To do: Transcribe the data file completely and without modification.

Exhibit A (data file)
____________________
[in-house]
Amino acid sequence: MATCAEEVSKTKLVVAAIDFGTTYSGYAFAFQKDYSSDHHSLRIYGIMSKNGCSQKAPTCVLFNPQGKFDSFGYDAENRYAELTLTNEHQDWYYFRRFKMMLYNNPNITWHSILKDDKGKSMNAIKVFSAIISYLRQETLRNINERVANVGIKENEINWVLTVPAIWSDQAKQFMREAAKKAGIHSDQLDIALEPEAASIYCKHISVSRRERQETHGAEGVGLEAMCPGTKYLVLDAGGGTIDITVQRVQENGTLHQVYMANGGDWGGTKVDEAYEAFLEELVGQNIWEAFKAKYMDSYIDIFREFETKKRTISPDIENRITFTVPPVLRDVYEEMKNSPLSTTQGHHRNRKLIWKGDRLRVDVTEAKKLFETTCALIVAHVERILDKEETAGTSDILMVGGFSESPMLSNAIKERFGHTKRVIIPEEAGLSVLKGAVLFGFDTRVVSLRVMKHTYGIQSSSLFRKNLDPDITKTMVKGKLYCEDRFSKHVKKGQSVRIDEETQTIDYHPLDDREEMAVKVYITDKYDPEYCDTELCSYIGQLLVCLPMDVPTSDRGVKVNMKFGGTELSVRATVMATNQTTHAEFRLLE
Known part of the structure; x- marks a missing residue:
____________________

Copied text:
[in-house]
Amino acid sequence: MATCAEEVSKTKLVVAAIDFGTTYSGYAFAFQKDYSSDHHSLRIYGIMSKNGCSQKAPTCVLFNPQGKFDSFGYDAENRYAELTLTNEHQDWYYFRRFKMMLYNNPNITWHSILKDDKGKSMNAIKVFSAIISYLRQETLRNINERVANVGIKENEINWVLTVPAIWSDQAKQFMREAAKKAGIHSDQLDIALEPEAASIYCKHISVSRRERQETHGAEGVGLEAMCPGTKYLVLDAGGGTIDITVQRVQENGTLHQVYMANGGDWGGTKVDEAYEAFLEELVGQNIWEAFKAKYMDSYIDIFREFETKKRTISPDIENRITFTVPPVLRDVYEEMKNSPLSTTQGHHRNRKLIWKGDRLRVDVTEAKKLFETTCALIVAHVERILDKEETAGTSDILMVGGFSESPMLSNAIKERFGHTKRVIIPEEAGLSVLKGAVLFGFDTRVVSLRVMKHTYGIQSSSLFRKNLDPDITKTMVKGKLYCEDRFSKHVKKGQSVRIDEETQTIDYHPLDDREEMAVKVYITDKYDPEYCDTELCSYIGQLLVCLPMDVPTSDRGVKVNMKFGGTELSVRATVMATNQTTHAEFRLLE
Known part of the structure; x- marks a missing residue: